On June 1, 2020, the Criminal Division of the U.S. Department of Justice (DOJ) publicized an updated version of its “Evaluation of Corporate Compliance Program” guidance. This is the third version of the document, with the DOJ having issued the guidance in 2017 (which we analyzed here) and revised it in April 2019 (which we analyzed here). This further revision is another reminder of the DOJ’s heightened focus and increasing sophistication regarding evaluating compliance programs during investigations. While the overall structure of the guidance generally remains consistent with the last version, the revisions provide additional insight into the DOJ’s expectations for corporate compliance programs. More specifically, the revisions highlight the importance of an adequately resourced and empowered compliance department, a constantly evolving compliance program based on the company’s current risk profile and relevant compliance issues, and the use of key compliance metrics to test the effectiveness of a compliance program.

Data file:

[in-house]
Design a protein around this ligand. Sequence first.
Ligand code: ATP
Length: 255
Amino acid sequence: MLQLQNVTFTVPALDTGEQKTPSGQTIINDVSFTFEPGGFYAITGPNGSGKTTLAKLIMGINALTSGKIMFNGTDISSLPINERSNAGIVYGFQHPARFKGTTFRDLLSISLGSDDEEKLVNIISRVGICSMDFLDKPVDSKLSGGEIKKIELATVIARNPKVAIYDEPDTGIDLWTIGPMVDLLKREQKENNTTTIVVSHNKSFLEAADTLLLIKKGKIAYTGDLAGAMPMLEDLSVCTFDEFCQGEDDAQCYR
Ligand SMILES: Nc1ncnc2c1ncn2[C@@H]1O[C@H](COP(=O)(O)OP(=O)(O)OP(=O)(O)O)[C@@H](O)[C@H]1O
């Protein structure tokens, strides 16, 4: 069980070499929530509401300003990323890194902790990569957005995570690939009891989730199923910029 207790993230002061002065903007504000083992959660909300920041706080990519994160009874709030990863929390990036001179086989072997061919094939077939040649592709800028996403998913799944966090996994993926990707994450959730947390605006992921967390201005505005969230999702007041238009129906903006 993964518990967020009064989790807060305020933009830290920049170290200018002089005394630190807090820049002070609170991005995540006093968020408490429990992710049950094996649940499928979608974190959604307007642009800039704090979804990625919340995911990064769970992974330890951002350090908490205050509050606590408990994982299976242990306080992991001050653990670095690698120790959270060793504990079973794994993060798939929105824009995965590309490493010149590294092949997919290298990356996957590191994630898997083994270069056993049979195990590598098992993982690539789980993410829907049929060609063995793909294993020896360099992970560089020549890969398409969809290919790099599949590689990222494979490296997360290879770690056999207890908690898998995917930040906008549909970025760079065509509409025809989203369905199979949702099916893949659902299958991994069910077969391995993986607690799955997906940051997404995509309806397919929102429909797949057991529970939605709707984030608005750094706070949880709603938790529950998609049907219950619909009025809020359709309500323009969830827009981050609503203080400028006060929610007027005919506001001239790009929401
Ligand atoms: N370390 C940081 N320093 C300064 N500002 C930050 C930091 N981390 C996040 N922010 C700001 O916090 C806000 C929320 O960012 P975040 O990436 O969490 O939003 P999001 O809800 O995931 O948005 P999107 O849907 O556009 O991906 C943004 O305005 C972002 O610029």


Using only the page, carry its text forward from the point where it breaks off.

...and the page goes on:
On May 7, 2019, the Department of Justice (DOJ) announced the release of formal guidance to its False Claims Act (FCA) prosecutors that provides a path for leniency for defendants in FCA investigations. More specifically, the guidance which is formalized in Section 4-4.112 of the DOJ’s Justice Manual, explains the manner in which the DOJ will award credit to defendants who voluntarily self-disclose misconduct that could serve as the basis for FCA liability, take other steps to cooperate with FCA investigations, or implement adequate and effective remedial measures in the FCA context. And significantly, the guidance provides that a defendant can receive a reduction in the damages multiplier and civil penalties under the FCA, which is the typical form of “credit” described in the guidance.